Cardinal Wolsey was arguably the most powerful man during the early years of Henry VIII’s reign. To deny him was close to denying your king. The fact that Elizabeth Scrope did just that and stood up for herself was remarkable.
Elizabeth Scrope was the daughter of Sir Richard Scrope of Boulton and Eleanor Washbourne.¹ Elizabeth was married twice. Her first husband was William Beaumont, 2nd Viscount Beaumont. Beaumont suffered from mental illness and Parliament ruled that his land and estates were to be his handled by his comrade, John de Vere, 13th Earl of Oxford. After Beaumont’s death in 1507 and the death of Oxford’s wife the same year, he became the second husband of Elizabeth Scrope.
Elizabeth Scrope, the Countess of Oxford and her sister, Margaret Scrope, Countess of Suffolk were both Ladies-in-Waiting to Henry VIII’s first wife Katherine of Aragon.² She also served the previous queen consort Elizabeth of York.
At the time of his death, the Earl of Oxford was staying at Wivenhoe and Castle Hedingham in Essex. This would explain why Wolsey was writing his widow, the now dowager Countess of Oxford, about obtaining stone from another location in Essex. Harwich.
First Letter – In Response to Wolsey’s Request
This correspondence is in response to a request from Cardinal Wolsey in 1528.
To my Lord Cardinal’s good grace,
Pleaseth it youR grace, I have received your honourable letters dated the 2d of July, whereby I perceive your request is that I would grant unto your grace, for the foundation of your college in Ipswich as much stone and calions out of my cliff of Harwich as will be thought necessary by the masters of your works there for the foundation of the same; to the which your grace’s request I am as glad and desirous to condescend, if it might there be had without prejudice or hurt in time coming unto my town there.
And where upon the request made in your grace’s name by your chaplain, in that behalf, I sent my receiver Daniell there to meet your said chaplains, to the intent that they then and there my perceive and know how much might resonably be borne; and it was well perceived, and I credibly informed by the tenants and inhabitants there, little might be forborne, unless the town’s great prejudice, forasmuch as the cliff is not of stone,, but only the stone there remaining lieth as a foreland to defend the same: if that were gone the cliff to be washed away within short space, to the utter destruction of the town. notwithstanding, as much as might be reasonably forborne your grace to have the same, to stay your works for the time. Certifying your grace, in that being nothing prejudicial unto the strength and defence of the town, I would as gladly to do your grace pleasure as any poor woman living. Beseeching your grace to accept herein my good mind, who is always at your commandment; as knoweth our Lord, who preserve your grace in prosperous estate long to endure.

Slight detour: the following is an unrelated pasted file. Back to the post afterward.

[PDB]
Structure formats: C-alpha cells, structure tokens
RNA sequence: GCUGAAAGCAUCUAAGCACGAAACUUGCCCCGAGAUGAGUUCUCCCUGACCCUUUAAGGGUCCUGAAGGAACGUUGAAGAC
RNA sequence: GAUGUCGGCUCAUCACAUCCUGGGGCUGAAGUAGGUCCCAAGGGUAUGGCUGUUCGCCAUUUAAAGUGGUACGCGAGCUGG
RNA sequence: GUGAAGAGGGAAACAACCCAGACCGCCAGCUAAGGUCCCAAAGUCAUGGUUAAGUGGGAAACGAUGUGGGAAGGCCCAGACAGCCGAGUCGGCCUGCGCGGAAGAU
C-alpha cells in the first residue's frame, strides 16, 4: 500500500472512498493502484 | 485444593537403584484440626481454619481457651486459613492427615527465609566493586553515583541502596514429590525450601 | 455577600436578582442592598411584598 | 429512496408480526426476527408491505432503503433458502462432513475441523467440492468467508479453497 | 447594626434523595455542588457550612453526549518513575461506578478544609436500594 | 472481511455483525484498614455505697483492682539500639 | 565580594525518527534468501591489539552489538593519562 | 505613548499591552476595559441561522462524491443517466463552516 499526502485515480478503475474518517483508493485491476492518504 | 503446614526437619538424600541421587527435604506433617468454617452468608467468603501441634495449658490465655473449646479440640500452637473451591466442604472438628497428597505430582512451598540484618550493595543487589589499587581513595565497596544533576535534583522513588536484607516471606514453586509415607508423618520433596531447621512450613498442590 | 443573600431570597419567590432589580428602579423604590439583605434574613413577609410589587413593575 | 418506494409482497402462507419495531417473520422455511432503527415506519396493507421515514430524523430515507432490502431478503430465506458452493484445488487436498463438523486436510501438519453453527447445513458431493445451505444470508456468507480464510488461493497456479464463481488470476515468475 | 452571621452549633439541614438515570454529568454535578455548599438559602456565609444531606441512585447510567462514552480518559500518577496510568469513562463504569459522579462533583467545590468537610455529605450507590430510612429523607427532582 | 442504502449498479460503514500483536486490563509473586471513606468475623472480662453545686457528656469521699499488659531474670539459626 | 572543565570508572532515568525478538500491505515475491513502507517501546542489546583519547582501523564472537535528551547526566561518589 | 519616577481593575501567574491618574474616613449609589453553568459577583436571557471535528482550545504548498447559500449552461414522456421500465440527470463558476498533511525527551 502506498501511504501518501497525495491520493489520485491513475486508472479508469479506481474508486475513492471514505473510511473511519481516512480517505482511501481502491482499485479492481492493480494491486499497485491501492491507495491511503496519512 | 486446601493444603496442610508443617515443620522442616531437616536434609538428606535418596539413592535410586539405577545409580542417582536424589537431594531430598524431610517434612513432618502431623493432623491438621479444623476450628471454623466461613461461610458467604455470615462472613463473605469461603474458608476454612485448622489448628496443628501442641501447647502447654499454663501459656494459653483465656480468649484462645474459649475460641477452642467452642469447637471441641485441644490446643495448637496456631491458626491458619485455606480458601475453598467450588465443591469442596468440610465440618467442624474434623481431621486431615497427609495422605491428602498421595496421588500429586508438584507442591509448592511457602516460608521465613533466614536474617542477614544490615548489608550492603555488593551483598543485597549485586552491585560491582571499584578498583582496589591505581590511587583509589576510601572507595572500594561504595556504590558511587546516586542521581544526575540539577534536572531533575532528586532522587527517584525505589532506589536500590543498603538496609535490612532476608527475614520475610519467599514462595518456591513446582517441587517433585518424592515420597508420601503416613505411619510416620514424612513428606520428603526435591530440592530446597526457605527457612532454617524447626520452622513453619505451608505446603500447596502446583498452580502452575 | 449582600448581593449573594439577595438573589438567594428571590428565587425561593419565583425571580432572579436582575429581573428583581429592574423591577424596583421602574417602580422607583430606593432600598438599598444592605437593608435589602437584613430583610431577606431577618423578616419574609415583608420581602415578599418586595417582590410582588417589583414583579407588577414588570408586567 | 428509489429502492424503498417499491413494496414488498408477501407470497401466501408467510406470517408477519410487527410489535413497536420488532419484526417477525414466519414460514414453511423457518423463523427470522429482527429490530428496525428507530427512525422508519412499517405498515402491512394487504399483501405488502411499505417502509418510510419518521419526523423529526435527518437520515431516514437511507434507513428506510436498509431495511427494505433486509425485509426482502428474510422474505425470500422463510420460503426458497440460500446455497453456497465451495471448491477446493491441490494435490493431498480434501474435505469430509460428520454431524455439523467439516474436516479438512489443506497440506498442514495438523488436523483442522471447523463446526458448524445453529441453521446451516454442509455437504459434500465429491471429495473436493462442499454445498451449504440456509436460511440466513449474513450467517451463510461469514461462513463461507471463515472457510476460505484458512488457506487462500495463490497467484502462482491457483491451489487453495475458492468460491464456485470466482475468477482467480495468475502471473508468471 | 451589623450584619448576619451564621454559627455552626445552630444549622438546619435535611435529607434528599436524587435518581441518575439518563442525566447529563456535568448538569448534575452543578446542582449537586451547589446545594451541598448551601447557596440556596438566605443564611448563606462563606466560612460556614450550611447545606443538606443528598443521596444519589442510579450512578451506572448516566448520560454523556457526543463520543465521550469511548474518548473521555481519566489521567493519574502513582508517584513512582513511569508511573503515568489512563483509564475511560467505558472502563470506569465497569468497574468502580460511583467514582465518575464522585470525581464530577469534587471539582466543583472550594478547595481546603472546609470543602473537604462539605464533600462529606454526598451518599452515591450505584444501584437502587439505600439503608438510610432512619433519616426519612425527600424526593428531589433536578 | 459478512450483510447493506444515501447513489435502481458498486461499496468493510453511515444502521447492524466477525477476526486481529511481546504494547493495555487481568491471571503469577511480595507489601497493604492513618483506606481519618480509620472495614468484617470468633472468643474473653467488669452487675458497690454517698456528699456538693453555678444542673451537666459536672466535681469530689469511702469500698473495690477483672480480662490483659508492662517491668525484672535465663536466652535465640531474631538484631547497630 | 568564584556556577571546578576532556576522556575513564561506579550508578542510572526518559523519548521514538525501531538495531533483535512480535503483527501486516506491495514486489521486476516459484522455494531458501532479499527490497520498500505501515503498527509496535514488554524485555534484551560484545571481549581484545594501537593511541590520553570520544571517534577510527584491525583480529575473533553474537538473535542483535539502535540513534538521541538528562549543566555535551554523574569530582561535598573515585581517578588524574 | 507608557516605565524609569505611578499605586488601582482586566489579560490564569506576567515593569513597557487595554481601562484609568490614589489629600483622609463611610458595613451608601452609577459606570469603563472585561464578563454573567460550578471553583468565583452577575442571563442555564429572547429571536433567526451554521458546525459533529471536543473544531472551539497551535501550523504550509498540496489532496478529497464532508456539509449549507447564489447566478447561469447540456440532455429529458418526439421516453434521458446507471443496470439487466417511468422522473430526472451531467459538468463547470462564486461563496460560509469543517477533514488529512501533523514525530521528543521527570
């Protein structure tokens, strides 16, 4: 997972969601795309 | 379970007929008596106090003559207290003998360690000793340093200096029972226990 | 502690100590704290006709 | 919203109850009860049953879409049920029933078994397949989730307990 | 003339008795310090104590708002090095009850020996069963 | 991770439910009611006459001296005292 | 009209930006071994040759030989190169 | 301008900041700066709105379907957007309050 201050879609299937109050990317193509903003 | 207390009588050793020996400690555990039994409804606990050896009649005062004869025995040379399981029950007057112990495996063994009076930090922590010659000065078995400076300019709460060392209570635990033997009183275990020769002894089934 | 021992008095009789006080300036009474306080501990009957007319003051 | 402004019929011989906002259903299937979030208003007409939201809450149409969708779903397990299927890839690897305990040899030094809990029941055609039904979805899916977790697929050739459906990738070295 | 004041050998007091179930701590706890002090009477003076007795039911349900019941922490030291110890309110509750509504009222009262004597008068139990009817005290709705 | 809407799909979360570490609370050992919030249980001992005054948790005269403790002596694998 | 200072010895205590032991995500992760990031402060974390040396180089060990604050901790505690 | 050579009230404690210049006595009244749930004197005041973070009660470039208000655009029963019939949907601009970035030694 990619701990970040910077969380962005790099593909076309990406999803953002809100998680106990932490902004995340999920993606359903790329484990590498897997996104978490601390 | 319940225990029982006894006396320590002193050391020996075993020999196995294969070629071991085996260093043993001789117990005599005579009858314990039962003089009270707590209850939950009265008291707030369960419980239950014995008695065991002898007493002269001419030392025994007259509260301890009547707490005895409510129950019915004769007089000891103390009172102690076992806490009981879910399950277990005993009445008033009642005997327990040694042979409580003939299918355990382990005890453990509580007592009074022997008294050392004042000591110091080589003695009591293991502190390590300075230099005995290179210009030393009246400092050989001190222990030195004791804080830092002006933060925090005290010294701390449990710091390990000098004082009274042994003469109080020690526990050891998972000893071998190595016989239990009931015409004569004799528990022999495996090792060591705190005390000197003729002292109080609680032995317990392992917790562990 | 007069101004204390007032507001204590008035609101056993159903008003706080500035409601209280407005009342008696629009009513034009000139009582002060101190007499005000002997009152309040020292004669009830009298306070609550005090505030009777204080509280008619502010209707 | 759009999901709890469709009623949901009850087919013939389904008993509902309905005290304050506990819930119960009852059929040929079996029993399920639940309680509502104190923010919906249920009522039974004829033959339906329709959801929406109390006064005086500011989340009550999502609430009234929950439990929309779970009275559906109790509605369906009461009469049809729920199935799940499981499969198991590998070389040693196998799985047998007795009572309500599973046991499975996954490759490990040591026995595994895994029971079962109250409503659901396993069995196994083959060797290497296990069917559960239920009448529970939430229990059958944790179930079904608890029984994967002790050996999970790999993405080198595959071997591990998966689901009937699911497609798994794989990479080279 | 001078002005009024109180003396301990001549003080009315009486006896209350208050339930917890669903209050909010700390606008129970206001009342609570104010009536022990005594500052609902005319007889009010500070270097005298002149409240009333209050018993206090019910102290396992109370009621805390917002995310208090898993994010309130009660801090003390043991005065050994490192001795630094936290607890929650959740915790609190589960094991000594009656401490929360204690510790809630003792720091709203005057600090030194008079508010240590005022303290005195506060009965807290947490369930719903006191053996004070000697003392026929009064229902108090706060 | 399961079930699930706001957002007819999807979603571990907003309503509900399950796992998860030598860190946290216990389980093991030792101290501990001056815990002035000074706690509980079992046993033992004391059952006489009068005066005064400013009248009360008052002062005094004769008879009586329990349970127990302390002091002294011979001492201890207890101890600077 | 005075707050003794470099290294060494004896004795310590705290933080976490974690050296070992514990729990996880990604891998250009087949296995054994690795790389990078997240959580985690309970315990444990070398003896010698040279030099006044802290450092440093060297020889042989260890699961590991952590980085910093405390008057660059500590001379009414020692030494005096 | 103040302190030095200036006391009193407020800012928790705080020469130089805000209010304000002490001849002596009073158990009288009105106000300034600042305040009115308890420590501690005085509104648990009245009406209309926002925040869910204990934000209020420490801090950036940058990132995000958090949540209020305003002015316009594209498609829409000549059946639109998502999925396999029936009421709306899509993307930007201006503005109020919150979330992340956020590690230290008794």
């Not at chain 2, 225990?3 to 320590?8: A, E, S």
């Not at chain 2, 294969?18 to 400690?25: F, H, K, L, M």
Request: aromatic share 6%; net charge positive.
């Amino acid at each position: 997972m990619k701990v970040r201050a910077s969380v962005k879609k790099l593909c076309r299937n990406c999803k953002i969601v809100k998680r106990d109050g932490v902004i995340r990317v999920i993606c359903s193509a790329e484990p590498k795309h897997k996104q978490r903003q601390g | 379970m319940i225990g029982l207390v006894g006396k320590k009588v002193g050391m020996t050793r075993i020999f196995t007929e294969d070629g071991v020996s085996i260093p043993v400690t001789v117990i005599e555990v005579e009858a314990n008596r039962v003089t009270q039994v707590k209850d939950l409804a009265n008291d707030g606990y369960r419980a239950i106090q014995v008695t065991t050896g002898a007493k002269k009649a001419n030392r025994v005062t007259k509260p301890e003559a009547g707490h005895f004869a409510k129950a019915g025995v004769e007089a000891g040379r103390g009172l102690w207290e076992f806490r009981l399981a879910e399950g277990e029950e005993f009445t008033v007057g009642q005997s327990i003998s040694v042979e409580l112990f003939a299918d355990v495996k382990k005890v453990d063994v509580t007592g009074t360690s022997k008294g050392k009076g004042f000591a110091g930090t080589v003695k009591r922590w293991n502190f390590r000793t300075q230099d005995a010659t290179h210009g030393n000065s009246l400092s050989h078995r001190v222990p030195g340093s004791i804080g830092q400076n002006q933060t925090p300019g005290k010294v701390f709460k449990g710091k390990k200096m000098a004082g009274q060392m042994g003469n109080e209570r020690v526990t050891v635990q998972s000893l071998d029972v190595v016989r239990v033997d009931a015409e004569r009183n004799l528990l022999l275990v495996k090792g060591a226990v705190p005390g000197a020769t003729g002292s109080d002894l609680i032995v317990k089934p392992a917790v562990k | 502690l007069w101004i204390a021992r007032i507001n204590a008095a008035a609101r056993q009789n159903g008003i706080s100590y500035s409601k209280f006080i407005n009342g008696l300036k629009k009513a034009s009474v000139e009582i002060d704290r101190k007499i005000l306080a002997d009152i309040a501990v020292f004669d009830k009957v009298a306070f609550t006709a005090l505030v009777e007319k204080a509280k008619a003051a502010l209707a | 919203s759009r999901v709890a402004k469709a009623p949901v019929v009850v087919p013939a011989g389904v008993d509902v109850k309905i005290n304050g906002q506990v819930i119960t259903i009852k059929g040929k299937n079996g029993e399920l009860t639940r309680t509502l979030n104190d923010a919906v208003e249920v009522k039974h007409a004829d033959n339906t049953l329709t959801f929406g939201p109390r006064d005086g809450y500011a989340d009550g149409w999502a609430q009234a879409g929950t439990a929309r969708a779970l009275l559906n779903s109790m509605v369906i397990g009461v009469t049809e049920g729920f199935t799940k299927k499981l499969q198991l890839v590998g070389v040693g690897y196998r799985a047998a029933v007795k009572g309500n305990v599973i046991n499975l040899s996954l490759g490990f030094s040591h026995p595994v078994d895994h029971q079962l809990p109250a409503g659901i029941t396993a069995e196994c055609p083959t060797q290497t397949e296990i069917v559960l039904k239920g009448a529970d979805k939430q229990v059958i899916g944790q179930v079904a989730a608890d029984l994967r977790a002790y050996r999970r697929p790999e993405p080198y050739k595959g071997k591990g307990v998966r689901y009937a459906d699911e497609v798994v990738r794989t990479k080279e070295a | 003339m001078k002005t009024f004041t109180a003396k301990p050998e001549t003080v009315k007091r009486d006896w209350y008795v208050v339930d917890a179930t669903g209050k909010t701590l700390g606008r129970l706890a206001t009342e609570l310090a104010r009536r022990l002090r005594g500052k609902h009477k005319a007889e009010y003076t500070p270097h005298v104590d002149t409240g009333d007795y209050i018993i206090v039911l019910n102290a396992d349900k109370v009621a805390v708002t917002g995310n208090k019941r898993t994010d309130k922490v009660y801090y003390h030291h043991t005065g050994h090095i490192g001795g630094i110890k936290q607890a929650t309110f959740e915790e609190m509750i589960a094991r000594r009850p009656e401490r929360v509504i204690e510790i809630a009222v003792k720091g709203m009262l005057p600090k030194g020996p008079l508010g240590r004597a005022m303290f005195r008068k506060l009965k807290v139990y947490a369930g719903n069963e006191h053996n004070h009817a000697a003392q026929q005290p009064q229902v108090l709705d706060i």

Written the 8th day of July.
Your continual beadwoman,
The above letter explains to Wolsey that she cannot under good conscience allow his men to take stone from Harwich since what remains there cannot be removed. If the existing stone is removed, the cliff will wash away and destroy the town. Seems like a logical reason to deny his request, right? We do not have Wolsey’s reply to her but her response back shows that he was none too pleased with her denial of his request.
Pleaseth your grace, I have received your honourable letters, dated the 15th day of July; the contents whereof being not a little to my discomfort. Where your grace doth suppose my denial of your request for the stone and calions was but a pretence of hinderance to my town of Harwich, I humbly beseech your grace to accept therein my true and faithful mind, and not to conject it to be done under any such manner. And to the intent your grace shall well perceive in any wise I would avoid your displeasure, and glad to do the thing to your grace most acceptable, and ever have been, am very well contented you shall take your pleasure in my said haven, and have not denied your formal request by any manner wilfulness, but only did give your grace knowledge as I was informed by credible persons. Humbly beseeching your grace in like manner to accept, and be it hurtful or otherwise, your grace to do your pleasure; forasmuch as I always have found you my most gracious and very singlular good lord, not doubting of the same hereafter. And thus the blessed Trinity preserve your grace in prosperous estate, long to endure.
Written the 22nd day of July.
Your continual beadwoman,
The outcome of these letters is unknown. I have been unable to find out if Wolsey demanded she heed his request. Either way, the fact that Elizabeth Scrope was a woman, and a widow at that, who was brave enough to stand up to Wolsey and deny his request is amazing. She should be applauded for her bravery.
Building began in 1528 on a very ambitious project for a college in Ipswich. Cardinal Thomas Wolsey was an Ipswich native and intended the new school to be a feeder to his recently built ‘Cardinal’s College’ of Oxford University, which is now known as Christ Church. Unfortunately, Wolsey fell out of favor with Henry VIII (probably because of Anne Boleyn) and the college was demolished in 1530 – it was only half built. The only thing left standing is the cherished ‘Wolsey Gate’.